Coming to Our Senses: Exploring Evidence and Logic • Qi071
How we make sense in clinic is not as simple as ticking items off a list. It’s more than mentally sorting through the models, theories, admonitions from our teachers and some chatter from a recent glimpse at Facebook.
While the theories and mental models we crafted through our experience have a place in clinic, there is also the experience of sensing without a story being attached. If we are attentive and quiet enough there is something that arise in our mind, before the label of “it’s that!” gets attached to our experience. Sometimes we can have an experience in clinic that does not yet have words attached to it.
In this discussion we explore perceiving, thinking, evidence and sensing. Listen into this conversation on how we make sense at the edge our unfolding clinical experience.
In This Conversation We Discuss:
- How Nigel got in to East Asian Medicine
- Learning to sense rather than think
- Using the five phases as a way to orient to both the internal and external world
- Surrender is not defeat
- The problem with trying to get it right
- Importance of intelligent experimentation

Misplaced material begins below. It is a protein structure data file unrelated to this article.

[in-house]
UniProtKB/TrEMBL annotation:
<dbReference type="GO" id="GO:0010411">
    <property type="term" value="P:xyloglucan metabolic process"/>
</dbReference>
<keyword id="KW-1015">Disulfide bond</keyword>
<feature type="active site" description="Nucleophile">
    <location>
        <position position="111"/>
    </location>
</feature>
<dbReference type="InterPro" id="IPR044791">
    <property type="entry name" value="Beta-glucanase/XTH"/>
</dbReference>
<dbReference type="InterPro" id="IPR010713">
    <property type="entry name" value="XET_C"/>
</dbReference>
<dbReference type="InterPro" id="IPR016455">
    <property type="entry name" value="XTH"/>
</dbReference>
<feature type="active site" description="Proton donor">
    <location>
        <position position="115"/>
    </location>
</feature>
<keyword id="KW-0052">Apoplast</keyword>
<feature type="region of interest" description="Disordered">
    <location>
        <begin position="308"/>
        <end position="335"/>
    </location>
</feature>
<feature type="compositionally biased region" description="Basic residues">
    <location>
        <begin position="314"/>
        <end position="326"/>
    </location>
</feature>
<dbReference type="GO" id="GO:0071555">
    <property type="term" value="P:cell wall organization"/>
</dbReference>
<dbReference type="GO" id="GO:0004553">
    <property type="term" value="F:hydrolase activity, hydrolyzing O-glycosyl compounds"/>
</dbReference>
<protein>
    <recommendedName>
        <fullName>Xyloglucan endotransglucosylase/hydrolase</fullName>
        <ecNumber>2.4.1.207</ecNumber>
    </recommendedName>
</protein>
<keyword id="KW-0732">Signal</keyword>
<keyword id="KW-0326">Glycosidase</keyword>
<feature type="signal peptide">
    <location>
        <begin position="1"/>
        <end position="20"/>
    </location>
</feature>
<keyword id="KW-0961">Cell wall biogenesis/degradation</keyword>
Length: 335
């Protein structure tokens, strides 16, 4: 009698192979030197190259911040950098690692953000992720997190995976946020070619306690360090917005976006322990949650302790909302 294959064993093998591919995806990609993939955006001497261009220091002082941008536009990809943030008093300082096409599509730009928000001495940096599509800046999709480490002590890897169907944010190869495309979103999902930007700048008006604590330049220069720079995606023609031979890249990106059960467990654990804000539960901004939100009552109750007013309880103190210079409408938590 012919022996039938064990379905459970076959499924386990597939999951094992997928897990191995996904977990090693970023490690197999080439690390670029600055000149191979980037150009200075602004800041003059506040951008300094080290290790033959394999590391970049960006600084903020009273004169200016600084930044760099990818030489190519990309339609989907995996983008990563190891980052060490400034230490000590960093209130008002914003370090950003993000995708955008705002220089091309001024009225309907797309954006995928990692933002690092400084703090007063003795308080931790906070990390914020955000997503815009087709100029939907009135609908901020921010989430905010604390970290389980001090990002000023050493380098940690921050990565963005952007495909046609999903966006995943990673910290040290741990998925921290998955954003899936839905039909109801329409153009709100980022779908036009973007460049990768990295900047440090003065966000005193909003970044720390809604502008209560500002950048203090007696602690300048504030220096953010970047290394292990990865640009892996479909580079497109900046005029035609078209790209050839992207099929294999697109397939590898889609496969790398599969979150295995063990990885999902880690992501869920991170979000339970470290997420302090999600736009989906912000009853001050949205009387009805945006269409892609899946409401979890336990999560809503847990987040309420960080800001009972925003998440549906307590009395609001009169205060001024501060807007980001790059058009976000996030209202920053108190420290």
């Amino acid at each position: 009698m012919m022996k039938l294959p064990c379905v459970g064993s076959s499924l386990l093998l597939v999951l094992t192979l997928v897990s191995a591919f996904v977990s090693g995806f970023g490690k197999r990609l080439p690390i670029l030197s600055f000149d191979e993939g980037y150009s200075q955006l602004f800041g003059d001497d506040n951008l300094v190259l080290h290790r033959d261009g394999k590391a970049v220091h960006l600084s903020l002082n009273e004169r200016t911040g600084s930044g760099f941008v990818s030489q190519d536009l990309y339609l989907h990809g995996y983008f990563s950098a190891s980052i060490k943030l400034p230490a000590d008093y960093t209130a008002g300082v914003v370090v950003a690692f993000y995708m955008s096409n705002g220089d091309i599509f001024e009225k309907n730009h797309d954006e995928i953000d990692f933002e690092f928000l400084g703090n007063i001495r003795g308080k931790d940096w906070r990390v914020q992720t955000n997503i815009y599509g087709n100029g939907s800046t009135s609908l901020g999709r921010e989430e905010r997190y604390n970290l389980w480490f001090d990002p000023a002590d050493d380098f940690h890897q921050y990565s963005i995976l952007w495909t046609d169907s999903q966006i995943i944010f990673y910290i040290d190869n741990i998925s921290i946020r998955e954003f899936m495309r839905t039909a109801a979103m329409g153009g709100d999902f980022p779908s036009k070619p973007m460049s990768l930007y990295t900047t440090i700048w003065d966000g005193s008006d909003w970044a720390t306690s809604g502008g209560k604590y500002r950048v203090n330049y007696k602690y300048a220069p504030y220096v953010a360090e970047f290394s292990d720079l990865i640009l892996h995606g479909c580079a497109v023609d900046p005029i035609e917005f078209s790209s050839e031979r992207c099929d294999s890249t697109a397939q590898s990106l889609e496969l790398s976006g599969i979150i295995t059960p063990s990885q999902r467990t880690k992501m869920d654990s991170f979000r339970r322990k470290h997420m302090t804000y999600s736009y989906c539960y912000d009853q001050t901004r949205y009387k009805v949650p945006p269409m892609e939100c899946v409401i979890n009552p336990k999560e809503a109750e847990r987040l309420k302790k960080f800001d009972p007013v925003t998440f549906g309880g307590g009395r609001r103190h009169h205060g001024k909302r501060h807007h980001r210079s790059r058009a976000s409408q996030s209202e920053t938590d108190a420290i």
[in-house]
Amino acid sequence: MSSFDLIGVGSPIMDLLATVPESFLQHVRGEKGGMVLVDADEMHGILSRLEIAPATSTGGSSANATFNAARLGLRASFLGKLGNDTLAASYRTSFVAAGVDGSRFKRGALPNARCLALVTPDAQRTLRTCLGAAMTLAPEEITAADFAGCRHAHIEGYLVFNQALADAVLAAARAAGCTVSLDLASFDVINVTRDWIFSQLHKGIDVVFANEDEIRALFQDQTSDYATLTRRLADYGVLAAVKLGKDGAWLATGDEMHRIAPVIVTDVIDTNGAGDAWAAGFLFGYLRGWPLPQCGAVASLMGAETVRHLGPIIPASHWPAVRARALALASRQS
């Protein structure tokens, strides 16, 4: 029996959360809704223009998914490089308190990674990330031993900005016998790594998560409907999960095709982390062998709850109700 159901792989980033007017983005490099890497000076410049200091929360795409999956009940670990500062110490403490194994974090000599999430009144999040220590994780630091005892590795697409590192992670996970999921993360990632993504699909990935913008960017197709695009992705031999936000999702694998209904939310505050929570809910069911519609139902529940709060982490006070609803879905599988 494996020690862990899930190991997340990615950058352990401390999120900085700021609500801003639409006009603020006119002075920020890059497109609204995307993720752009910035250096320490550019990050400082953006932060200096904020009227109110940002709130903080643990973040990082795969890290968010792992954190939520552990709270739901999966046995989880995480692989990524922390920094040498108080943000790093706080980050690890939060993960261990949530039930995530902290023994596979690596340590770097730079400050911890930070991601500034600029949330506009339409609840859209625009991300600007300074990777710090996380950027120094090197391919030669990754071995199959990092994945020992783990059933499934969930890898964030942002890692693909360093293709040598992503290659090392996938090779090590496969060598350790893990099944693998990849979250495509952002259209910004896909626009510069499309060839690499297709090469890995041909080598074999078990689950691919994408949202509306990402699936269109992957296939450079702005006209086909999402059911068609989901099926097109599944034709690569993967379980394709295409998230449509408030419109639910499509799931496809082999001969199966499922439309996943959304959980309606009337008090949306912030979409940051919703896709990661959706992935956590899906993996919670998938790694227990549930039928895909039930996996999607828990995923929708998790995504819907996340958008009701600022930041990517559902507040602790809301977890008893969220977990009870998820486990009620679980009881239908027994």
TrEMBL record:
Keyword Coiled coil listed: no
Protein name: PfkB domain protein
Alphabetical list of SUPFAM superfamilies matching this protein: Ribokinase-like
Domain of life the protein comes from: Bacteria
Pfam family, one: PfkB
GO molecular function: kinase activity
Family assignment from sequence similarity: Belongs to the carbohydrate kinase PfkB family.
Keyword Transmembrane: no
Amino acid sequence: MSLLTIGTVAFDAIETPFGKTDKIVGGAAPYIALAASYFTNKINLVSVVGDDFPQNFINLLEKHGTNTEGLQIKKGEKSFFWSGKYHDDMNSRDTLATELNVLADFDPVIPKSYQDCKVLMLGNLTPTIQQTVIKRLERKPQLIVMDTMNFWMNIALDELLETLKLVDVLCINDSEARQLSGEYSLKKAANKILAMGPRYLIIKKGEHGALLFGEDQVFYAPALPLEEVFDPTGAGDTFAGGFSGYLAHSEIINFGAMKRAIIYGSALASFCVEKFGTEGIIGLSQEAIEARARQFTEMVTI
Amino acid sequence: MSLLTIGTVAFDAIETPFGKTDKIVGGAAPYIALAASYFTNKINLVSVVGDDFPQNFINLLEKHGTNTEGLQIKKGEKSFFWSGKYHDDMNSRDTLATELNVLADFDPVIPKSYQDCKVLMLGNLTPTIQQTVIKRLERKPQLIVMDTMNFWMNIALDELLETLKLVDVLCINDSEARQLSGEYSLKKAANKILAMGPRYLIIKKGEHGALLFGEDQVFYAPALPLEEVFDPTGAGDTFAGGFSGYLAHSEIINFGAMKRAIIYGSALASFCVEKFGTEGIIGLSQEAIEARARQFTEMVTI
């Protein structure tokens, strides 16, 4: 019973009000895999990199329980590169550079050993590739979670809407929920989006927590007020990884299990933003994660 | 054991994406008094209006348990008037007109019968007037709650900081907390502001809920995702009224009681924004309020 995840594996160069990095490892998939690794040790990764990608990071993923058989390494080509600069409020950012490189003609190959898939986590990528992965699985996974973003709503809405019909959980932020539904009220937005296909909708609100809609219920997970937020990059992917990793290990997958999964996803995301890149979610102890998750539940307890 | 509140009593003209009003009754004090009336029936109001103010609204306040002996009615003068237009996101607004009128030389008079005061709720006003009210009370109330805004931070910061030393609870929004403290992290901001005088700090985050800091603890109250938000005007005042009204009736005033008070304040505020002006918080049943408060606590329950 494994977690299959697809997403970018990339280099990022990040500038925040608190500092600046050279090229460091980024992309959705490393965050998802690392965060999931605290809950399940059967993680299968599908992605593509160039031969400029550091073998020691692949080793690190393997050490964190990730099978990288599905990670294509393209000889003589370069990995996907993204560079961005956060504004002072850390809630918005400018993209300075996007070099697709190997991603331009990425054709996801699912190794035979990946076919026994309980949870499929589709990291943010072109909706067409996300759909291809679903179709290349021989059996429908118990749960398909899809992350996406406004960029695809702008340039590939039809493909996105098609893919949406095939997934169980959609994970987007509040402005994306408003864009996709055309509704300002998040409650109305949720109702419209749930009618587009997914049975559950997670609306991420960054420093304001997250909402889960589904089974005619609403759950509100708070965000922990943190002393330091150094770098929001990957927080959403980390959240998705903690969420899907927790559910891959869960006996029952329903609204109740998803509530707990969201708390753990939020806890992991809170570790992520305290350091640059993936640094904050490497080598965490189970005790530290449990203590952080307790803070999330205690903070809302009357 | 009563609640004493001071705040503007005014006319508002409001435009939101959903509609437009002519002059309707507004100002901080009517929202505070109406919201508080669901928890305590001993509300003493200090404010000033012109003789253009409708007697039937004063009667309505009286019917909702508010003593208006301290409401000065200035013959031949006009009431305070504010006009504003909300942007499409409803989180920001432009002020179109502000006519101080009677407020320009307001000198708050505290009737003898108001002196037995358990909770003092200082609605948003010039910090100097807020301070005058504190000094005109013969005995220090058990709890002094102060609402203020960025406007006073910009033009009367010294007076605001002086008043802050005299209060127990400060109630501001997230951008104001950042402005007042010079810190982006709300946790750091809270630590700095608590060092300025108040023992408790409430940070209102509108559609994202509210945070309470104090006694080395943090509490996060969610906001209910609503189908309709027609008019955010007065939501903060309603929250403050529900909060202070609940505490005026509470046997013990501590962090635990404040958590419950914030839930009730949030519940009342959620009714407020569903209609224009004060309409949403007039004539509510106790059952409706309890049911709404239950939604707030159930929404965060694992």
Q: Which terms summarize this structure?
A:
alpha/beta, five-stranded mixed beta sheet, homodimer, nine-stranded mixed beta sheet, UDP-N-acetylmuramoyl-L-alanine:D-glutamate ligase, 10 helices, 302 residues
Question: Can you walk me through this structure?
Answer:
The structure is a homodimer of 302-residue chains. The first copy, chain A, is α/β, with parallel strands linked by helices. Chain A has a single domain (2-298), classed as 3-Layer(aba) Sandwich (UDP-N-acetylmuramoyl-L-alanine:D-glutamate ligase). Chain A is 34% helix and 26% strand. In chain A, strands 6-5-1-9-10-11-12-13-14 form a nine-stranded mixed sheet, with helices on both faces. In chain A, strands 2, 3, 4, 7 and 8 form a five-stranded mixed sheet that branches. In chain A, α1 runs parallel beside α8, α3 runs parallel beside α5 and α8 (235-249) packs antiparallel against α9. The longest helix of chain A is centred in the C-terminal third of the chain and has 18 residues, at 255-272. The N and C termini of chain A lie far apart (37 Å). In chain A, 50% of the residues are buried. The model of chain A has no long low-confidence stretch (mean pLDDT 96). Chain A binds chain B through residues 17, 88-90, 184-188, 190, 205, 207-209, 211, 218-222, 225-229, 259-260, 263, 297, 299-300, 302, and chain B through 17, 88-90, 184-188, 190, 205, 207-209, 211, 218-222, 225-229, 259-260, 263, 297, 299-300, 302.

- Opening things up rather than nailing them down
- Health is not just one thing
Medical art is understanding. Understanding arrives through learning. There are no old or new formulas, only efficacious ones
Nigel Dawes, L.Ac
As clinicians, I think most of us would agree that some of our best and most gratifying results are achieved when we allow ourselves to step “outside the box”. When we are willing to indulge in a bit of “intelligent experimentation”. My baptism into this field was the issue of just such an experiment.
In 1982, armed with a Masters in Comparative Literature (a passport to almost nothing other than a keen & critical mind) I set out for East Asia with little prior exposure to its various cultures, languages or peoples and certainly with no coherent plan. When I finally returned to London 6 years later (most of that time spent in Japan) I had even less of an idea of where my path lay.
Now, more than 30 years on, I am not sure I myself can fully rationalize the whys and wherefores of the various twists and turns that have led to where I find myself today – in private practice in New York, teaching, writing and thoroughly engaged in and celebrating every minute of my professional life.
What I do know is that rising as a practitioner to the challenge of guiding others toward better health, of sharing as a teacher in the wonder it is to facilitate the learning and embodiment of a new and powerful skill and to have the luxury of writing about these things to be shared with a wider audience – this is what gets me up in the morning and what gives meaning to my life.
I have become, I suppose, a kind of Acupuncture, Shiatsu and Kampo “Nerd” but I like to think one whose quest is still evolving and always prepared for not a little intelligent experimentation! As Basho said in The Rustic Gate (1693): “Do not seek to follow in the steps of the men of old; seek what they sought”.